25 FEB 2015 by ideonexus

 RPG as Discovery

In a roleplaying game, the players take on the roles of people in a fictional world. Each player creates a character to portray, and together, the players create a story. In their imagination, the players experience the same challenges and rewards that their characters experience. To facilitate this, the rules of the game govern whether characters succeed or fail at what they try to do. This book sometimes refers to the player characters as PCs. In addition to the players who are the charact...
Folksonomies: rpg role-playing game
Folksonomies: rpg role-playing game
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24 FEB 2015 by ideonexus

 Collaborative Fractal Fictional History Building

In Microscope, you build an epic history as you play. Want to play a game that spans the entire Dune series, the Silmarillion, or the rise and fall of Rome in an afternoon? That’s Microscope. But you don’t play the history from start to finish, marching along in chronological order. Instead, you build your history from the outside in. You start off knowing the big picture, the grand scheme of what happens, then you dive in and explore what happened in between, the how and why that shaped...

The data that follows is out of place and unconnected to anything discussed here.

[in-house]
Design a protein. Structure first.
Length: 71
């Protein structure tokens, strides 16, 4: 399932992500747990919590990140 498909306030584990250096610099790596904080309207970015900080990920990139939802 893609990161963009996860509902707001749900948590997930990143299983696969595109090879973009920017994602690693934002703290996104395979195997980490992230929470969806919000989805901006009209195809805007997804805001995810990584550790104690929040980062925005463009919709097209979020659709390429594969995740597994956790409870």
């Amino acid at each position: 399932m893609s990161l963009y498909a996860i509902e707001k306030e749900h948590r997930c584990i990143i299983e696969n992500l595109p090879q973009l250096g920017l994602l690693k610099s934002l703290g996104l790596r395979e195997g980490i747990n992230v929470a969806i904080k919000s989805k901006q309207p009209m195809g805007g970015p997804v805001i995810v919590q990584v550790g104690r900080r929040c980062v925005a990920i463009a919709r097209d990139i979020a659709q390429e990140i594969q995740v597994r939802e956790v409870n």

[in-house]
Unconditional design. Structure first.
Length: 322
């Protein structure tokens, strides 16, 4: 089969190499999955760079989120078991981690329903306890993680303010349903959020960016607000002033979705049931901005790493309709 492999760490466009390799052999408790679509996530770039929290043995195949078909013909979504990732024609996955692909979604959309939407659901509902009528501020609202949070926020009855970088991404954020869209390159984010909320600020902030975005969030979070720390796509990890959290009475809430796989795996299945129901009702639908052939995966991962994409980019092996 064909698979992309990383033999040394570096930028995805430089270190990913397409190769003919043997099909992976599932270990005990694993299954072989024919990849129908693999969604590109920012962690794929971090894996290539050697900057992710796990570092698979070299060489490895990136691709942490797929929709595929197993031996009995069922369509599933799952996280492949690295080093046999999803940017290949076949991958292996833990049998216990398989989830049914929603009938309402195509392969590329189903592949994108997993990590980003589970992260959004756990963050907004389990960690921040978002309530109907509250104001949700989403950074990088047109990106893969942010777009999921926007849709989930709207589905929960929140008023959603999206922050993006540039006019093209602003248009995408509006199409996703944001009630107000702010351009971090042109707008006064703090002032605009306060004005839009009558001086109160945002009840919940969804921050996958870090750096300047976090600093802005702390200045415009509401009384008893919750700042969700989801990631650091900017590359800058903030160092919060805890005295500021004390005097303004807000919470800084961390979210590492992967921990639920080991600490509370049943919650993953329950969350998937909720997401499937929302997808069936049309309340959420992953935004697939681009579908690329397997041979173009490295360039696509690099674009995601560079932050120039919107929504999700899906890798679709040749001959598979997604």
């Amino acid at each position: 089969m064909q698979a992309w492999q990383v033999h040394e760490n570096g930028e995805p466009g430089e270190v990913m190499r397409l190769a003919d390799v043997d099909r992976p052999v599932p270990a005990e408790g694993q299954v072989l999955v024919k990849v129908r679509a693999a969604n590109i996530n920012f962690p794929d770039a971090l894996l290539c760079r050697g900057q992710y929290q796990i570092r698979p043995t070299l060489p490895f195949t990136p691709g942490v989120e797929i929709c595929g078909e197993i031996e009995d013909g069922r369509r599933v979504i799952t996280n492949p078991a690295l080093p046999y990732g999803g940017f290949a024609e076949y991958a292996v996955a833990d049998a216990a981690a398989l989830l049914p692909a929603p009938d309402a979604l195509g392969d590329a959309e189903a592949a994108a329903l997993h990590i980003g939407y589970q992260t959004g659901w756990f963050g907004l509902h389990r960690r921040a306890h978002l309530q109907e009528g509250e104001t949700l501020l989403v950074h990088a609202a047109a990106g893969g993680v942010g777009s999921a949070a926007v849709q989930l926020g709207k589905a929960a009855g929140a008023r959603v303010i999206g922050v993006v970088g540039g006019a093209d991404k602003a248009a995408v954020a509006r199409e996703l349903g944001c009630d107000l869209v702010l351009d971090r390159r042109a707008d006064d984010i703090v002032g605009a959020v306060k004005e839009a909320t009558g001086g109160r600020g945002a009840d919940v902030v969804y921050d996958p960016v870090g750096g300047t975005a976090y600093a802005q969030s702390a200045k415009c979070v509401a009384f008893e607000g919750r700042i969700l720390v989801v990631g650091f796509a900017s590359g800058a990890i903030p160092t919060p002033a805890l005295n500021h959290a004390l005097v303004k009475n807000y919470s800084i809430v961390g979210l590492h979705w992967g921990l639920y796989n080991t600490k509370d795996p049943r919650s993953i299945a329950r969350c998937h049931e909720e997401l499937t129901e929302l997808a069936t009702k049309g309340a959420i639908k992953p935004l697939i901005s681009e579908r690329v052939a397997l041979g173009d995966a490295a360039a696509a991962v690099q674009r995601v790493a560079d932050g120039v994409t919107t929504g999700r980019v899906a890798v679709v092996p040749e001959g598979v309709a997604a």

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02 JUL 2013 by ideonexus

 Five Ways to Stretch Your Perception of Time

1. Keep learning Learning new things is a pretty obvious way to pass your brain new information on a regular basis. If you’re constantly reading, trying new activities or taking courses to learn new skills, you’ll have a wealth of ‘newness’ at your fingertips to help you slow down time. 2. Visit new places A new environment can send a mass of information rushing to your brain—smells, sounds, people, colors, textures. Your brain has to interpret all of this. Exposing your brain to...
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Keep Learning, Visit New Places, Meet New People, Try New Activities, Be Spontaneous

19 JUN 2011 by ideonexus

 Human History is a Race Between Education and Catastrophe

One cannot foretell the surprises or disappointments the future has in store. Before this chapter of the World State can begin fairly in our histories, other chapters as yet unsuspected may still need to be written, as long and as full of conflict as our account of the growth and rivalries of the Great Powers. There may be tragic economic struggles, grim grapplings, of race with race and class with class. It may be that «private enterprise» will refuse to learn the lesson of service wit...
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We can't predict what fate will bring civilization, but if we remain united and educated, we can overcome.